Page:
Posted by: Lisa Hill | June 2, 2013

Burnt Shadows, by Kamila Shamsie, narrated by Jane McDowell

Burnt Shadows (audio book)Burnt Shadows, by Pakistani author Kamila Shamsie, was nominated for the Orange Prize in 2009.  Ambitious in its scope, it is a compelling novel that loses its way at the end.

Capably narrated in this audio book edition by Jane McDowell who only occasionally confuses the multiple accents she has to portray, Burnt Shadows is the story of Hiroko Tanaka, who survives the Nagasaki bomb blast but loses everything she holds dear.  This novel vividly portrays the profound bewilderment that people must have felt when they emerged into the devastation and saw nothing of what had been there before.  Ostracised by her own people as one of the Hibakusha (explosion-affected people) she moves to Delhi in pre-partition India to visit the family of Konrad Weiss, the German translator she had agreed to marry on the day of bomb blast.  Although not really made welcome by James Burton, a British diplomat, Hiroko becomes a semi-permanent guest – and friend to Ilse, his discontented wife.   She gets work as a translator, and despite her reserved nature, gradually forms an attachment to Sajjad Ashraf, who works for the Burtons, and teaches her Urdu.

BEWARE: SPOILERS

Although the eerie marks of the bomb blast are confined to her back, Hiroko does not expect to marry and her reaction to Sajjad’s tentative and respectful attentions is to angrily remove her shirt and show him the scars.  Inevitably, this scene is interrupted and misinterpreted and Sajjad is given his marching orders.  Rejecting the arranged marriage expected of him by his Muslim family tradition, Sajjad and Hiroko elope to Pakistan, and find themselves stranded there under new residency rules under Partition.  These events give Shamsie the opportunity to strengthen the contrast between Hiroko as one who adapts to become a citizen of the world , and Sajjad who pines for his homeland.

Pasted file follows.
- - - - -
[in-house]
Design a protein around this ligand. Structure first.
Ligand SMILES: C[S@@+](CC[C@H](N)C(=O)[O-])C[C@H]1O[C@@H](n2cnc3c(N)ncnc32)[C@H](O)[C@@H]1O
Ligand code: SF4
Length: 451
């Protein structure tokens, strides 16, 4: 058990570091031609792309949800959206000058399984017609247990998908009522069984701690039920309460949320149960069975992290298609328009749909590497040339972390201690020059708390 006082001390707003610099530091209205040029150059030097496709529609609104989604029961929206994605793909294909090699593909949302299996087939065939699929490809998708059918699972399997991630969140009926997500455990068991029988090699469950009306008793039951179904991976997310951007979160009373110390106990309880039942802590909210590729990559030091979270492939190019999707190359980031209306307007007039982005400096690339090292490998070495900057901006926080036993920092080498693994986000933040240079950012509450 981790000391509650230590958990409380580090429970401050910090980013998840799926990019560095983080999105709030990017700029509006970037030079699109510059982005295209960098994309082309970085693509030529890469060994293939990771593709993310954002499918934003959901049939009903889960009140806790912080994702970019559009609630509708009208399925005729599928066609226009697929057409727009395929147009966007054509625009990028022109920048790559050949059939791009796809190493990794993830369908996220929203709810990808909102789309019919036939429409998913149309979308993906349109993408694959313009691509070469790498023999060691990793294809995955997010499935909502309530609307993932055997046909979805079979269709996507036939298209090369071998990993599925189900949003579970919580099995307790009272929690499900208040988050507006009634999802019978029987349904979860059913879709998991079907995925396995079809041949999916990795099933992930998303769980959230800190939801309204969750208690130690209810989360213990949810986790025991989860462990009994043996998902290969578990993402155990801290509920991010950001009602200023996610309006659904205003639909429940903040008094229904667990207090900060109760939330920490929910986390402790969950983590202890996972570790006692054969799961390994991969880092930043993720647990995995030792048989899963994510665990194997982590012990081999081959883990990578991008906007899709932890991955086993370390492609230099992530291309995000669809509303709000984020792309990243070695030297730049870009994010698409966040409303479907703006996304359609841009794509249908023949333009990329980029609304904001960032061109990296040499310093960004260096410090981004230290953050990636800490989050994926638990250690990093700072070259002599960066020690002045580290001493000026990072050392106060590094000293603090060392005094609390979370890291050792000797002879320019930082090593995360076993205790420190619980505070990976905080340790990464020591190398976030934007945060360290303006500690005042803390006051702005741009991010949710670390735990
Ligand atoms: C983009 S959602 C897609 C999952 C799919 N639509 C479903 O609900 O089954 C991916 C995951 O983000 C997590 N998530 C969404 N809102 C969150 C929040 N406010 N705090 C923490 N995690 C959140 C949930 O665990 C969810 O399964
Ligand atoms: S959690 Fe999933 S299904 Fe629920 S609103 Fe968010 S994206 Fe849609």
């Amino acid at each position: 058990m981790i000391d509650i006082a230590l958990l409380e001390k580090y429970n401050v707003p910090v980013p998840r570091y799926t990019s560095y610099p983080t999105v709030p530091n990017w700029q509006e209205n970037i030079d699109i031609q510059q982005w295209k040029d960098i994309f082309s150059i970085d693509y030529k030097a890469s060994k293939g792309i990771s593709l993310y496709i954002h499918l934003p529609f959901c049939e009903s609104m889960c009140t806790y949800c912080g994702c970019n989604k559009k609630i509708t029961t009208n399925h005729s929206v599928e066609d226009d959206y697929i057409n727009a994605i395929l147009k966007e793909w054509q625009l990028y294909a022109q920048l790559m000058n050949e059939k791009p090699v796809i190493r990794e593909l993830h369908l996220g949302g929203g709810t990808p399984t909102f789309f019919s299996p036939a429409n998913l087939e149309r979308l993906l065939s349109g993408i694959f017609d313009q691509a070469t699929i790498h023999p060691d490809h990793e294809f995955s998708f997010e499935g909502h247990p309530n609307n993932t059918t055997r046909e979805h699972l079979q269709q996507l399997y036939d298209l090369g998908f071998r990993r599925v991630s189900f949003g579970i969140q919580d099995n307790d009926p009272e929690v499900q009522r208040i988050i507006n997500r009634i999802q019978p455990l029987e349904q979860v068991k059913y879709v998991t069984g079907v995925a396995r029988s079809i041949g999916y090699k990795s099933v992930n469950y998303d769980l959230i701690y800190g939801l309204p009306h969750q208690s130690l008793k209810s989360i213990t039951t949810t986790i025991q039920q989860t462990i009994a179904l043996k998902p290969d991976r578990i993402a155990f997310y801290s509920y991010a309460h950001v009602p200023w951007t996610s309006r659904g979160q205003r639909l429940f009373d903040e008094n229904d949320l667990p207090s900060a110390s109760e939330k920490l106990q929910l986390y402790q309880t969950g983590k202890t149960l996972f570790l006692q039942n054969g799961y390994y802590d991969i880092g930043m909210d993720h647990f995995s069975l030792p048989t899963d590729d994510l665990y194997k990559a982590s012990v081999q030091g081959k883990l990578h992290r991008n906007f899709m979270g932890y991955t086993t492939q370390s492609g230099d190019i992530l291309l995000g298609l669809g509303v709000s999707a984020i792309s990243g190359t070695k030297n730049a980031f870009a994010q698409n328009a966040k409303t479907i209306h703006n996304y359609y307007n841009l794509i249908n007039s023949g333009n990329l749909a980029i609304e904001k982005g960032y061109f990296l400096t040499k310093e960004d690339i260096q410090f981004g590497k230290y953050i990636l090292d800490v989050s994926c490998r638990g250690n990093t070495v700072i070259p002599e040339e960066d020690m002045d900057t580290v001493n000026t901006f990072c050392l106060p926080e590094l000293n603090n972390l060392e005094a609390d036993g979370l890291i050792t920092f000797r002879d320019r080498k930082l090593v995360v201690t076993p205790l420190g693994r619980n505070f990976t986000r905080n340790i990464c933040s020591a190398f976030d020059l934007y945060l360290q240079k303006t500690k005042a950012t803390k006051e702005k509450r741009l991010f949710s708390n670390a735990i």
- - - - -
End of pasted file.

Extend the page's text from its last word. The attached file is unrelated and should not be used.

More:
Over the 60 year span of this novel, Hiroko belatedly has a child, Raza, who is naïve to the point of stupidity.  Through a friendship with Abdullah, a street-kid in Karachi, as an adolescent he ends up in a training camp for the Mujadahin and (rather unconvincingly) survives when they discover that no, he’s not an Afghan refugee from the Soviet Occupation.   This stunt does ends in tragedy, however, leaving Hiroko a widow and Raza with a (well-deserved) sense of guilt.